Sunday, March 22, 2009

Sympathetically Breathing

In the era before the iPod, it was rare to see adults riding their bikes down the street belting out songs. Such boundless enthusiasm is a wonderful and rare experience, and my first glimpse of Ashtanga Yoga inspired such a feeling. I enthusiastically described this first practice as though I felt like I’d been shot out of a cannon, and I imagine there are still mothers in South Minneapolis using hushed tones to warn their children of the daft man on a blue bicycle.

It didn’t take very long before my dedicated Iyengar practice became a dedicated Ashtanga practice. As a fairly experienced yoga student, I quickly integrated the practices of first and second series into my routine. If sufficiently motivated, I’d chip away at third series every now and then. In the process, I quickly became stronger and more flexible than ever before.

The only challenge with this practice, as many of you may have experienced, was working it into my daily routine. In 1991 I was a graduate student in the midst of renovating an old house. Time was at a premium!

Thankfully a solution revealed itself. As I practiced more Ashtanga Yoga, I awoke earlier and earlier. After a few months of regular practice, I was waking by 3am and ready to go. This was very convenient, as I could dedicate 3-4 hours to yoga practice before catching my bus to campus.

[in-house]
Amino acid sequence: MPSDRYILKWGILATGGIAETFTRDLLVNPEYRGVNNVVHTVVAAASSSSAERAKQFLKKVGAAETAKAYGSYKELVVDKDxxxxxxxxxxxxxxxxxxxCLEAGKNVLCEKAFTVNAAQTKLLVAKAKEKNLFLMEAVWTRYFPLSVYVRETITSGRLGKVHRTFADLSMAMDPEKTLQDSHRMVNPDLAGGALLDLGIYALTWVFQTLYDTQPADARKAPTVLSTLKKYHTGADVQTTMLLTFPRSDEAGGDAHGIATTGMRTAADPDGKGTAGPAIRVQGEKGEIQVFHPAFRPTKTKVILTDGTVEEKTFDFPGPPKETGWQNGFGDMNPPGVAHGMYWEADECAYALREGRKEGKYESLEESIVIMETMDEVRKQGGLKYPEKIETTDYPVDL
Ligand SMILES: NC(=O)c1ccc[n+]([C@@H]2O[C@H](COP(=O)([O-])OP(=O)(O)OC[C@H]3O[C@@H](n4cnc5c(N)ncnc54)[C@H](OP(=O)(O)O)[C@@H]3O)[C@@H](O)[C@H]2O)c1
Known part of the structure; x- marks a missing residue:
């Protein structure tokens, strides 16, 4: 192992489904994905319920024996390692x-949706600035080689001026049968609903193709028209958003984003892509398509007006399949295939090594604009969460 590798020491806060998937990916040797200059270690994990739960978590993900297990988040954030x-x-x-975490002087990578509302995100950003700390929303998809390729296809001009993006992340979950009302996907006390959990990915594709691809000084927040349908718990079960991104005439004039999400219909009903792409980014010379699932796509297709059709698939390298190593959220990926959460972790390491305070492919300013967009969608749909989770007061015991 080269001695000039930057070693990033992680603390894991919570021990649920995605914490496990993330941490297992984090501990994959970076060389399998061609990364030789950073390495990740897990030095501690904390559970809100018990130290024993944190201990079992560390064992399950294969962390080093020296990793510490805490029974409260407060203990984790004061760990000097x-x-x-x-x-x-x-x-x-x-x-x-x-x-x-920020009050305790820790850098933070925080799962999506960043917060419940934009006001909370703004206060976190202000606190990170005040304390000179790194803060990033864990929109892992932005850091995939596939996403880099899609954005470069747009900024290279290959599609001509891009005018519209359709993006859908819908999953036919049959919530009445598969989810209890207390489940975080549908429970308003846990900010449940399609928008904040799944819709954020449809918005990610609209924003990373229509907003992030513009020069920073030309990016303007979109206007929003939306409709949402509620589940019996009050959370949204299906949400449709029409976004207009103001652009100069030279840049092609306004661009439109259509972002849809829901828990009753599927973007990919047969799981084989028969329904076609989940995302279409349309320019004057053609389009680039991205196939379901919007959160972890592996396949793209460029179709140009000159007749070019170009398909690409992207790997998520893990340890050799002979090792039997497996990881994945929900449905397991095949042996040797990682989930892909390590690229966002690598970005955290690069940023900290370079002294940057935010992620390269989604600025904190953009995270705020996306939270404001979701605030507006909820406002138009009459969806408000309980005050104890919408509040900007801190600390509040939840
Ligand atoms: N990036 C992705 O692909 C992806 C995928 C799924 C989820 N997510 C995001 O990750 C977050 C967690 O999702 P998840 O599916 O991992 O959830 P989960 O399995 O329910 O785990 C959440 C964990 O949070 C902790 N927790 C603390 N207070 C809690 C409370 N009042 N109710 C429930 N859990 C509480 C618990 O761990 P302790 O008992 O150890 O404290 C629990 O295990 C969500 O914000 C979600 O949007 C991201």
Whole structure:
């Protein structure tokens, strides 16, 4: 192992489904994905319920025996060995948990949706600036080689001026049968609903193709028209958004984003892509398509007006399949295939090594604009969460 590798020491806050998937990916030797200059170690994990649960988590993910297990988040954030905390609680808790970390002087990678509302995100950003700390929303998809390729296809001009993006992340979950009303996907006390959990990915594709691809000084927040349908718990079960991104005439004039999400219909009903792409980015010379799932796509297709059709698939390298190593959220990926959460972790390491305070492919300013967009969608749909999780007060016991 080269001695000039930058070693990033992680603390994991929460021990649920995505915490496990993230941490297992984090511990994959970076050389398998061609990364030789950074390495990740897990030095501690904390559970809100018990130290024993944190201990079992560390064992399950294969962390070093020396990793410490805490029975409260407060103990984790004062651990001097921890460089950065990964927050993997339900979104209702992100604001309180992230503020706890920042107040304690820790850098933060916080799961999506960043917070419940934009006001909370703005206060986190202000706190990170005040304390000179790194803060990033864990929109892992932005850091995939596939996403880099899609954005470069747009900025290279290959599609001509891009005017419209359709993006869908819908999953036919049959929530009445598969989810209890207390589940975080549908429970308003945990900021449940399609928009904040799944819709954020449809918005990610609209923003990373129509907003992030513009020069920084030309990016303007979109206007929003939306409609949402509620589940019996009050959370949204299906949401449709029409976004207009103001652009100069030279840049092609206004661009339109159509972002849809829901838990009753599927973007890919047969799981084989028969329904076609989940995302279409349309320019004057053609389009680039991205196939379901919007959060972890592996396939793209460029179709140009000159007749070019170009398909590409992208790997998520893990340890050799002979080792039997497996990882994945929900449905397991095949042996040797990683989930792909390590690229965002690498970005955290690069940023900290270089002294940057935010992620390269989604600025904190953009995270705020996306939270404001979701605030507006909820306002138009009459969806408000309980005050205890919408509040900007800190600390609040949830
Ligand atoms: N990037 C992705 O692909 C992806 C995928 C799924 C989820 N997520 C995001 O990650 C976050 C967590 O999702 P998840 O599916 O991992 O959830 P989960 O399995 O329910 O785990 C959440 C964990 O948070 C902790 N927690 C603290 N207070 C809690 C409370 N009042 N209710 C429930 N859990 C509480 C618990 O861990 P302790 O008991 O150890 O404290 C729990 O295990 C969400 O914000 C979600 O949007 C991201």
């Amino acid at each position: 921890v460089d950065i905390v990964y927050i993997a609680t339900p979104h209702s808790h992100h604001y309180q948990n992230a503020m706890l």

I was a reluctant bus passenger, though years of commuting by bicycle in Minneapolis winters had softened my carbon-free stance. Given the choice between numb toes and self-satisfaction, or warm toes and catching the #5, the latter was winning out with regularity. I had come to enjoy the bus, as I’d have a chance to relax with a book as I transitioned into work mode. Just a few years previous the characters on the bus seemed pretty rough – now I knew many of them by name.

One morning I was shocked to find myself in the midst of one the roughest neighborhoods I’d seen in Minneapolis. I was fairly disoriented, and had no idea how I landed in North Minneapolis. As I craned my neck, I realized I was at least six miles past campus. After the dust settled, it became clear I’d fallen asleep and missed my stop by a long shot!

I was not only unenthusiastic about being late for work, but seriously bummed about the prospect of getting off the bus to wait for a southbound #5. My back and neck had ached for months, and standing at the bus stop was sure to flare things further. The only time my body felt good was when I was practicing yoga – pretty much the other 21 hours were racked with aches and pains.

It turns out I wasn’t terribly late for work, though I am hesitant to admit how many times this scene repeated over that long winter. Despite all the ups and downs, I remained dedicated to my yoga practice.

While I’m glad to have stuck with the practice of yoga, I ended up digging quite a deep hole. By the end of this period of incorrect practice, I had depleted my adrenals and developed a host of aches and pains. Through the help of some gifted teachers and another decade of practice, I can now look back on that era with a combination of nostalgia, regret and gratitude.